Walk: Bolberry Down, Devon

Delightful summer wildlife, epic views and a specially designed path, which is both flat and well maintained, make this easy-access route perfect for anyone with limited mobility

Bolberry Down, Devon
Published: June 2nd, 2020 at 6:31 pm
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In the realm of place descriptions, a down is usually an upland area, from the old English word ‘don’, and you certainly have every opportunity to feel elevated at Bolberry Down.


This beautiful stretch of Devon coastline is managed by the National Trust and offers a unique opportunity for the whole family, from grandparents to grandchildren, to enjoy a clifftop experience.

Dartford Warbler
Dartford warblers, found on Bolberry Down, rely on dry heathland, in particular gorse, to survive Alamy

Nature for all

Bolberry’s easy-access route is wide enough for wheelchairs, flat enough for children and has benches at regular intervals for those who want to sit and take in their surroundings.

The clifftop’s carefully conserved coastal grassland provides the perfect home for skylarks, cirl buntings and even the rare Dartford warbler.

For others who want to explore further afield and don’t mind a few hills, there are the options of a walk down to popular Hope Cove or along the South West Coast Path (SWCP) to lonely Soar Mill Cove (only accessible on foot).

Whichever path you choose, Bolberry Down delivers access to wildlife for all, and is the perfect place to visit for anyone wanting to escape into nature for an hour or three.

Friends walking along the headland of Bolt Tail, a spectacular coastal walk from Bolberry Down to Hope Cove on the South Devon Coast, UK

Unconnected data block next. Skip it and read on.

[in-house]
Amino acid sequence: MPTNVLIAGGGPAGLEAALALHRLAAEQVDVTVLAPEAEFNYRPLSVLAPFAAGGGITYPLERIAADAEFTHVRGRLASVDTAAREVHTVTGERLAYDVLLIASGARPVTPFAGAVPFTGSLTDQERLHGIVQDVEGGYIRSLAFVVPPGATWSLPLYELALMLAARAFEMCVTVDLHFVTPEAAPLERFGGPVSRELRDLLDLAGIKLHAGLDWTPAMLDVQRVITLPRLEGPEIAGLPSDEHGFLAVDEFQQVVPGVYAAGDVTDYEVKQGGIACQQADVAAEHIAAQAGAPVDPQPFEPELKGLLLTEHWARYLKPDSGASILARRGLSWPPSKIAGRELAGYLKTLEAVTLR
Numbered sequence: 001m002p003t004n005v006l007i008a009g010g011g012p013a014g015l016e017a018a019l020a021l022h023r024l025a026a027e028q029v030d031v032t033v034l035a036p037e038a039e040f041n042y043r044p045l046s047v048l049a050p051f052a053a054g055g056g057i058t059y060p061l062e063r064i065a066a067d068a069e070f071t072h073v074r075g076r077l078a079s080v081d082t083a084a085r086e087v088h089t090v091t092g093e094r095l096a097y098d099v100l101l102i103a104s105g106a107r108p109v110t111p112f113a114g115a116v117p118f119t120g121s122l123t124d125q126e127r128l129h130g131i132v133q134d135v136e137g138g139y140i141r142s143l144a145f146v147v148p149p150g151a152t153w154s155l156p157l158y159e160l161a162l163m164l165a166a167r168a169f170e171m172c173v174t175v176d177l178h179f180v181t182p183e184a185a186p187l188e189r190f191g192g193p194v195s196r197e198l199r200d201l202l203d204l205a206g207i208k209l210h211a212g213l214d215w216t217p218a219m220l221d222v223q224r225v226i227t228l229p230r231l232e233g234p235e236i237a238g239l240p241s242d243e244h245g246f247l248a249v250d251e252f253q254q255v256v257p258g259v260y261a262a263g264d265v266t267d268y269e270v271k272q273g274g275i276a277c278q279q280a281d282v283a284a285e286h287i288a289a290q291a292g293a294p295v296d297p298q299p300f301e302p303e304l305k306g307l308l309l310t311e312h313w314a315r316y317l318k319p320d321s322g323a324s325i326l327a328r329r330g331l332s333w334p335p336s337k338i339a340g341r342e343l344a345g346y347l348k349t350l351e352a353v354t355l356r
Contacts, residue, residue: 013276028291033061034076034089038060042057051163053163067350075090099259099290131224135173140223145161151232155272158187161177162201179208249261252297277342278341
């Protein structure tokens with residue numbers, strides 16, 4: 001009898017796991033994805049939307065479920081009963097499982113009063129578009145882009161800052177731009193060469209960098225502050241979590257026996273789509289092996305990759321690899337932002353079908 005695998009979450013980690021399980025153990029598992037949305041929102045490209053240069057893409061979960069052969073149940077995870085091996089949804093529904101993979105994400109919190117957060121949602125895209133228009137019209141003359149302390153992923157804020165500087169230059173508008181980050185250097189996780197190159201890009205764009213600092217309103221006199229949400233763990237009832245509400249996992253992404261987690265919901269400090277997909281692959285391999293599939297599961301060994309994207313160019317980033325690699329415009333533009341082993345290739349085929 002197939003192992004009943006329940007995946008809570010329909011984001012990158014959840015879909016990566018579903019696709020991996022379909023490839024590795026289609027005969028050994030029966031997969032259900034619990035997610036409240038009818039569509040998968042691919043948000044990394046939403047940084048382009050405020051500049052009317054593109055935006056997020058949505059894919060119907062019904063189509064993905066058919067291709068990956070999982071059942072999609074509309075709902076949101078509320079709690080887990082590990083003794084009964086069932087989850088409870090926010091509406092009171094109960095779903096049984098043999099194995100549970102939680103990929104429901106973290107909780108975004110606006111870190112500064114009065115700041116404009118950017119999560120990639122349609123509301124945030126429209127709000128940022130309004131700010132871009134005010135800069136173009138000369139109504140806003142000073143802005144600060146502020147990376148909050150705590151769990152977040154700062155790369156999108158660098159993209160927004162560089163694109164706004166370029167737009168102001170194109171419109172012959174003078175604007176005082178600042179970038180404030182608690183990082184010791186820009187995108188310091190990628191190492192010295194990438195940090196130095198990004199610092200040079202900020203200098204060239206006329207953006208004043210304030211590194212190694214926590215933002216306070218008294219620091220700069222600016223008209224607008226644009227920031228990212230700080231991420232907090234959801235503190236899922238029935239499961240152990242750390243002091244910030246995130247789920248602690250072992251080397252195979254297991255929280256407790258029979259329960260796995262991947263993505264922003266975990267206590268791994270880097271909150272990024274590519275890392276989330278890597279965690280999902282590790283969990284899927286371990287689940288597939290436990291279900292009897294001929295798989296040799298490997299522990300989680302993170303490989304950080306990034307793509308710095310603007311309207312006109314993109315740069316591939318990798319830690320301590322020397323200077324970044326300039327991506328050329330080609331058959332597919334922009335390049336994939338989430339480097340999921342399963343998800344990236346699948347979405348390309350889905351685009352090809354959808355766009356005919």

A 45-minute detour leads west from Bolberry along Bolt Tail to an Iron Age hill fort Alamy

1. Marine life

Starting at the Bolberry Down car park (National Trust membership or parking fees apply), follow the track up the side of the lane towards Oceans Restaurant.

Turn left along the tarmac path and head in the direction of the sea. Almost immediately, views of the wild rocky coastline open up. On a sunny day, the sea here is an exquisite turquoise blue.

Keep you eyes peeled for porpoises and dolphins playing in the water as you enjoy the stunning rock formations that make up Slippery Point.

There are conveniently placed benches all along this section so take some time to stop and absorb your surroundings. Start to listen here for the high trill of cirl buntings and the insistent soaring song of skylarks.

Dolphins can be seen in the waters below Getty

2. Hopeful view

Continue towards the viewpoint above Fernyhole Point and admire the sweeping views down to nearby Hope Cove and Burgh Island. With a bit of weather-luck, you should be able to see as far south as Lizard Point in Cornwall.

An optional one-mile route – not suitable for wheelchair users – descends to Hope Cove.

Hope Cove Devon England UK near Kingsbridge and Thurlstone
An optional one-mile route – not suitable for wheelchair users – descends to Hope Cove.

3. Birdsong back

To enjoy even more birdsong, take the inland path back towards the car park. All good walks end with refreshments, so be sure to stop at Oceans Restaurant for coffee or locally produced breakfast, lunch or dinner.


From Bolberry Down car park, there is another optional route the leads down to Soar Mill Cove (not suitable for wheelchairs). Follow the SWCP through the gate and south-east along West Cliff. Take the steep path downhill to Soar Mill Cove; here anemones can be seen in the rock pools at low tide. Return on the path below Hazel Tor and take the permissive path back up to West Cliff.

Bolberry Down walking route and map

Bolberry Down walking route and map
Words: Fi Darby is a Devon author, blogger, copywriter and OS Outside Champion. Find out more at www.fidarby.co.uk
Fi Darby


Fi Darby
Fi DarbyOutdoor writer and navigation specialist

Fi is an outdoor instructor and writer. She teaches navigation and expedition skills, and specialises in route finding and location story telling.


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